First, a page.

November 30, 2013 9:13:37 PM
Sarah Fowler - email@example.com
Something in the air changes as the first leaves begin to fall and the holiday season nears; we began to pay closer attention to things we take for granted the rest of the year. One of those things, the generosity of this community and its willingness to work together for a greater good, was made clear to me on Thursday.
On Thanksgiving morning, I volunteered at Stokes-Beard Elementary School for a community effort that provides a warm meals to those in need. What began as four women working out of a small kitchen on Southside in 1994 has grown into a city-wide movement that feeds over 1,200 people. As volunteer for the past several years, I have seen participation grow just a little bit more than the year before. So this year, when I walked in the door and saw hundreds of volunteers lined up, I wasn't surprised.
What did surprise me however, was the diverse group of people present. From the elderly women washing dishes in the kitchen to the young firefighters delivering food, everyone was working side-by-side to provide for those less fortunate. The production line moved like a well-oiled machine. I just stood there in amazement taking it all in.
The lines were long and the process was slow, but everyone seemed to know what needed to be done and without fanfare were doing it. We were motivated knowing there were over a thousand people out there, our fellow citizens, depending on us. In years past, several local politicians have showed up to volunteer, but this year, it seemed to be less of a show-up-to-be-seen event and more of genuine community effort.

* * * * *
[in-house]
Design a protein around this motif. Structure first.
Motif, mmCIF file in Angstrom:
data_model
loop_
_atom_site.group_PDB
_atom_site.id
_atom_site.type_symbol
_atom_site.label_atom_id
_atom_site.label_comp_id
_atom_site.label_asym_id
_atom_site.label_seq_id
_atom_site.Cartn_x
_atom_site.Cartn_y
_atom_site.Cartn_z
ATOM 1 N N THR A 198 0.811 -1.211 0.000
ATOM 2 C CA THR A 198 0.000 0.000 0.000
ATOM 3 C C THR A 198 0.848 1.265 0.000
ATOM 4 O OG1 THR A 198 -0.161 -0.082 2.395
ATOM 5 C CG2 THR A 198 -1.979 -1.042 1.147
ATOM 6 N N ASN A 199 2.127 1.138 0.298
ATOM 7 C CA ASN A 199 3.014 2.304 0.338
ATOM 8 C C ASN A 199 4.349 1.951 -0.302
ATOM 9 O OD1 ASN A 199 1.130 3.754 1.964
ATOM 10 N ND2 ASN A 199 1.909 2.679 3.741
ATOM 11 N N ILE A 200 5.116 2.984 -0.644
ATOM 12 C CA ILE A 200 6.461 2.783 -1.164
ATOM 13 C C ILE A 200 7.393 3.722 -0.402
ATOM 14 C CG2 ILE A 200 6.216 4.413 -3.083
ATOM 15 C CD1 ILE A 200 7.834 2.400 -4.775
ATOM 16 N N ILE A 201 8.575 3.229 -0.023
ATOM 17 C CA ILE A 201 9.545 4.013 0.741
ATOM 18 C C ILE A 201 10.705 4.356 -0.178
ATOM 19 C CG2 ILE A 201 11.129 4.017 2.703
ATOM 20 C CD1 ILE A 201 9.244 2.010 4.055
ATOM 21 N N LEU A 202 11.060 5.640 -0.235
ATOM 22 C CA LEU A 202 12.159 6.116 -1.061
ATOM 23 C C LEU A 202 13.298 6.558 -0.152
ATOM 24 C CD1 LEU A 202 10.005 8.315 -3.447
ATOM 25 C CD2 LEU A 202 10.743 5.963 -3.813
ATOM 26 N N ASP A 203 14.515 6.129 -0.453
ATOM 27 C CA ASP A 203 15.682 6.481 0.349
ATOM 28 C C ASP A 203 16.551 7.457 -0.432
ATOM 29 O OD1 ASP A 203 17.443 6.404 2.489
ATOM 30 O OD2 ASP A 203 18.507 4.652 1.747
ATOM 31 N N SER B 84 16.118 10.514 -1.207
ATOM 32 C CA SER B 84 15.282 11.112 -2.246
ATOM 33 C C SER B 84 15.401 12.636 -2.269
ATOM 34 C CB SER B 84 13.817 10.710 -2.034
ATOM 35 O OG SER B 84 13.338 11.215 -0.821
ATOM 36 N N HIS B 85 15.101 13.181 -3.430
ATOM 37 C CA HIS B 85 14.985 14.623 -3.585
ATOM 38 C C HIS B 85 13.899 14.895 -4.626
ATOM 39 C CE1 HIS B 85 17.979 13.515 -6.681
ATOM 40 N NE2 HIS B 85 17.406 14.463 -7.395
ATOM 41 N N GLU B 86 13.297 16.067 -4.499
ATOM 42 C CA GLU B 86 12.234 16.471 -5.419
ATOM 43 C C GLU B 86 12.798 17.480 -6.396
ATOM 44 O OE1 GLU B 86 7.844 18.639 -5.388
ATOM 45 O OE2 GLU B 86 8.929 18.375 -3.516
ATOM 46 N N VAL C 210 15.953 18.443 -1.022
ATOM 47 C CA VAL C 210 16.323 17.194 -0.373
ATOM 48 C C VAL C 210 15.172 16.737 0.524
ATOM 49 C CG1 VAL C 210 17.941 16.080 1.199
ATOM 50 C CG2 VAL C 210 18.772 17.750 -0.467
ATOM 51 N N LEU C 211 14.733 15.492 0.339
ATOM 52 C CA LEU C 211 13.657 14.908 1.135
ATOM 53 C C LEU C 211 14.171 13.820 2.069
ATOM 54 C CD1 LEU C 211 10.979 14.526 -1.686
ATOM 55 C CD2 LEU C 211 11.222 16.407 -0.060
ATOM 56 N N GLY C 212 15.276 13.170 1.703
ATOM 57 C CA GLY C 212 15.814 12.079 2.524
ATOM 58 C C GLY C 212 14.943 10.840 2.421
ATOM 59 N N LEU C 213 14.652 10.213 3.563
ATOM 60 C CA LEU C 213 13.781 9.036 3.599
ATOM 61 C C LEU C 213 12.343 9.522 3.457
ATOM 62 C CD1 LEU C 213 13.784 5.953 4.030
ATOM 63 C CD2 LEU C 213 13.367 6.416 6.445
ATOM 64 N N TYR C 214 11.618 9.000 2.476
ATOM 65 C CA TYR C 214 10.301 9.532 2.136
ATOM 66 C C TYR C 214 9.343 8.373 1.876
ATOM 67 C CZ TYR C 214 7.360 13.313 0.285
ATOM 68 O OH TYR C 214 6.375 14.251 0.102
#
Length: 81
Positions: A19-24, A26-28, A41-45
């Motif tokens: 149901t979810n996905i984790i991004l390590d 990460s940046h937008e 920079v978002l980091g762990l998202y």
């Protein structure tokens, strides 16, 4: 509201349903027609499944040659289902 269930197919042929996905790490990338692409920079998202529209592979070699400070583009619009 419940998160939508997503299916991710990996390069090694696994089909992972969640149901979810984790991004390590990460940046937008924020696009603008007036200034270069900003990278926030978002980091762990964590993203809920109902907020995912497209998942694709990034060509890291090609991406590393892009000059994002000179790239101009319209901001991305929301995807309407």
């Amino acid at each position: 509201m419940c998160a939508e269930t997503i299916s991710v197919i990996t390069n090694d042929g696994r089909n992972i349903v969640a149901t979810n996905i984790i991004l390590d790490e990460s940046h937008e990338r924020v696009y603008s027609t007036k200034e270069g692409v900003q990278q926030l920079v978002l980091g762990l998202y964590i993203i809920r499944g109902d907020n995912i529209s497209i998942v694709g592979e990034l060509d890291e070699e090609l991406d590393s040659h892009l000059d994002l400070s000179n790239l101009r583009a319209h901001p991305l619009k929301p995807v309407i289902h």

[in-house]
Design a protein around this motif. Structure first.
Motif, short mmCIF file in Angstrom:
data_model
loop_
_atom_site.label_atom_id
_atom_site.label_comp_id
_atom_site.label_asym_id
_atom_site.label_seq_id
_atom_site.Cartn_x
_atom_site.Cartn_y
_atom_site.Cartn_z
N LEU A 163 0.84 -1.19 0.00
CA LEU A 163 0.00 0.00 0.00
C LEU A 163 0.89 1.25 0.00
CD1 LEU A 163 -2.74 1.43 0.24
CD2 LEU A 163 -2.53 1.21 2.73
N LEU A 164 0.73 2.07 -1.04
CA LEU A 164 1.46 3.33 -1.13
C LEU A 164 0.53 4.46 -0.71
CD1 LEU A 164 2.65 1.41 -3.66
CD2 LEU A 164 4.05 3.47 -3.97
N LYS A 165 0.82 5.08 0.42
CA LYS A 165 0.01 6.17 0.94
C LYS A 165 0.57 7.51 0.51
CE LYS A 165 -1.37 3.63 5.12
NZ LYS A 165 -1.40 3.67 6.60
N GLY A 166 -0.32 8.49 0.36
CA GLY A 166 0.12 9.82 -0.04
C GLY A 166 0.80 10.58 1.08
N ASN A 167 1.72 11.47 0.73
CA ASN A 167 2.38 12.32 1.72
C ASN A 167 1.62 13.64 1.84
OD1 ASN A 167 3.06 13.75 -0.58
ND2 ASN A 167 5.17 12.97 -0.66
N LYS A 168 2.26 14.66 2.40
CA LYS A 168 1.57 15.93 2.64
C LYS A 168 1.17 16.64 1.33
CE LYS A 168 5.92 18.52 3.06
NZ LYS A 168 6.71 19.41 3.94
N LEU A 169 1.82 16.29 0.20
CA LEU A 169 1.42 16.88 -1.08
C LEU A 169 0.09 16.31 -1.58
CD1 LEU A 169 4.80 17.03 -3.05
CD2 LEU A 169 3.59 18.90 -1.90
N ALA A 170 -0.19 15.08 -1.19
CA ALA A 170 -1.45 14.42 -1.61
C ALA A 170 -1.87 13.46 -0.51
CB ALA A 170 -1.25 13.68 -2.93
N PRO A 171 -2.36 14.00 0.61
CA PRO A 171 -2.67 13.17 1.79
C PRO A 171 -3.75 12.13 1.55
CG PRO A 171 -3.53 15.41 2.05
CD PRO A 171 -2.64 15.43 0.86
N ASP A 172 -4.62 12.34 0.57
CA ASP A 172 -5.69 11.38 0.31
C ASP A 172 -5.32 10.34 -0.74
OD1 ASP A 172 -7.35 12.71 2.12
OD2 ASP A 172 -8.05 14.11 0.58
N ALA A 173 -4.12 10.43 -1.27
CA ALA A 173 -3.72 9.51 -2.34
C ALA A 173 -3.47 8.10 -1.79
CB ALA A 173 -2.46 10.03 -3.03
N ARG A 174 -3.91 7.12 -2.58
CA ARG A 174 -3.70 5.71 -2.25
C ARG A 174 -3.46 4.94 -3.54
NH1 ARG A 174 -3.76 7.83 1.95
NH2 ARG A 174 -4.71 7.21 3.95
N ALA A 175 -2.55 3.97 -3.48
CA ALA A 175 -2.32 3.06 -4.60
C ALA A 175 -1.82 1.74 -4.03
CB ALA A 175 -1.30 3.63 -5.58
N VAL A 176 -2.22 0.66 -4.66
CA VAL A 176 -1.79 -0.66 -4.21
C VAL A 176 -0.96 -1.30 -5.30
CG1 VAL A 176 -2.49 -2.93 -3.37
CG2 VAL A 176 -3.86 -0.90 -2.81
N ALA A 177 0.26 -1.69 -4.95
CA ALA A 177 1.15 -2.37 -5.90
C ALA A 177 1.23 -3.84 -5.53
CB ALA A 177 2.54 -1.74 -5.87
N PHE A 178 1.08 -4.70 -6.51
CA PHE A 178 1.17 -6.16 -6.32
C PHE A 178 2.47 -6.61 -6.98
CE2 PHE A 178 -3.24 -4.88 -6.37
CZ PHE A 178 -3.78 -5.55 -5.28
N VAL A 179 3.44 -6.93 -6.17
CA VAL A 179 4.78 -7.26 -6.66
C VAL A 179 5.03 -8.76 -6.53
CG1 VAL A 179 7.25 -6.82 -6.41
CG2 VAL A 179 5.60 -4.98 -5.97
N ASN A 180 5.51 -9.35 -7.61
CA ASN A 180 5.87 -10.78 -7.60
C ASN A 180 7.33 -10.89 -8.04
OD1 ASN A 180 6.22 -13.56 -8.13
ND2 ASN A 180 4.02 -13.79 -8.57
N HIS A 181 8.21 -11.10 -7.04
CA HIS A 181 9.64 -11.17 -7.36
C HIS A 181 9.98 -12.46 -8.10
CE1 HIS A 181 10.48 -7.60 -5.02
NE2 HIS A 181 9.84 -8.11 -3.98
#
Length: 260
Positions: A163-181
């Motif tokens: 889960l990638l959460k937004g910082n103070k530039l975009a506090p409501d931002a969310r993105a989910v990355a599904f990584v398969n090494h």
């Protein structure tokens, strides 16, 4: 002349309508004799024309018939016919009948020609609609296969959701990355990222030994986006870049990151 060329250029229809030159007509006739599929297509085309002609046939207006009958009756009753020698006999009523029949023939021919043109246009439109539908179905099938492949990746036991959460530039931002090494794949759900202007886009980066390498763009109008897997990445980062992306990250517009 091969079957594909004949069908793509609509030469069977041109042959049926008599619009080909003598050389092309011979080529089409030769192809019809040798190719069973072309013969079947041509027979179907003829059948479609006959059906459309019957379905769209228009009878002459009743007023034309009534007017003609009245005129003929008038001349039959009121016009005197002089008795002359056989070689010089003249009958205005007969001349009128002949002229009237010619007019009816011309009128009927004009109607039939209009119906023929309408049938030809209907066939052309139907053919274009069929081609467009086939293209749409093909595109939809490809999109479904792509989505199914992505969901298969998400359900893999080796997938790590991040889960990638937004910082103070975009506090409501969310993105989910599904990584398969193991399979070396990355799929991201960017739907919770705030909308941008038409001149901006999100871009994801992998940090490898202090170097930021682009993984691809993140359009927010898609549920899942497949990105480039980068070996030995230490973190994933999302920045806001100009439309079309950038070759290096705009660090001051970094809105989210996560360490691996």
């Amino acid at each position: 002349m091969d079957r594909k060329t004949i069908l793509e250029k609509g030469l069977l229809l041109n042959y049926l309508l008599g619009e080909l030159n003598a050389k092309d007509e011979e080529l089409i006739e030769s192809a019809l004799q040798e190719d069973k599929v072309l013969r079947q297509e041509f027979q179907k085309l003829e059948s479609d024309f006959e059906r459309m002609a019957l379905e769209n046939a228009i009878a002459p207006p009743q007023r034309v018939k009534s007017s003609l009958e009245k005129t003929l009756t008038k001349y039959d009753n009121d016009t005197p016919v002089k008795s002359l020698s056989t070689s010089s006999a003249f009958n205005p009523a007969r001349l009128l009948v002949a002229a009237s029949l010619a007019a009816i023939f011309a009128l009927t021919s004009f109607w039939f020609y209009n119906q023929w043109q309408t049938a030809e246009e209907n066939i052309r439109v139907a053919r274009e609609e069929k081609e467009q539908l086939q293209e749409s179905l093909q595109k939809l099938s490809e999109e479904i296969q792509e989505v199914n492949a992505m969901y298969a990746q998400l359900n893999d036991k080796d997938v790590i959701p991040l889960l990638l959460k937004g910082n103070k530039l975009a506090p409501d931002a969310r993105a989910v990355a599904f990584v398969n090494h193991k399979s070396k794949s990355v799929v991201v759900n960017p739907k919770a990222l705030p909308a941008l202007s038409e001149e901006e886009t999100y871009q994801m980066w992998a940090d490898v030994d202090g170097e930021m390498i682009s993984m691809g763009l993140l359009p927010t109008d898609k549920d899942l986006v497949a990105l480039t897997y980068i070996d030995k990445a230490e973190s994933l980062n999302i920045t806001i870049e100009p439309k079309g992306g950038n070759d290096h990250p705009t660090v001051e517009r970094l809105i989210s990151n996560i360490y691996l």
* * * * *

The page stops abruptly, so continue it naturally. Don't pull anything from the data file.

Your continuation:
It wasn't just people from Columbus who volunteered either. A woman from Macon, who read about the event in the paper, said she had to come help. There was a group of people from Hamilton who said the same thing: They simply wanted to be part of this.
Things seemed to be going smoothly, that is until we ran out of turkey with more than 100 boxes remaining. My heart filled with dread as I thought about the disappointment those counting on us would feel. We stared at one another, wondering what to do.
Then Von Harris and Mayor Robert Smith worked some kind of magic, and we had just enough turkey to fill the last boxes. I still don't know where that turkey came from, but seeing our mayor roll up his sleeves and help fix the problem was an inspiration.
As a reporter, my job is to write about what goes on in our community. Quite often it's not pretty. A steady diet of crime and corruption takes its toll. It's easy to be cynical. Thursday changed that for me. I was so moved and overcome with emotion. I couldn't help but wonder if when Mrs. Annie Barry and her friends were sitting in that kitchen nearly 20 years ago had any idea what they were starting.
To see our community, old and young, rich and poor, black and white, come together made me once again thankful and appreciative to be a resident of Columbus. Regardless of our differences, we come together to help each other when the chips are down. For that, I am so very thankful. Not just to be a resident of Columbus, but to be able to call it home.
Sarah Fowler covered crime, education and community related events for The Dispatch.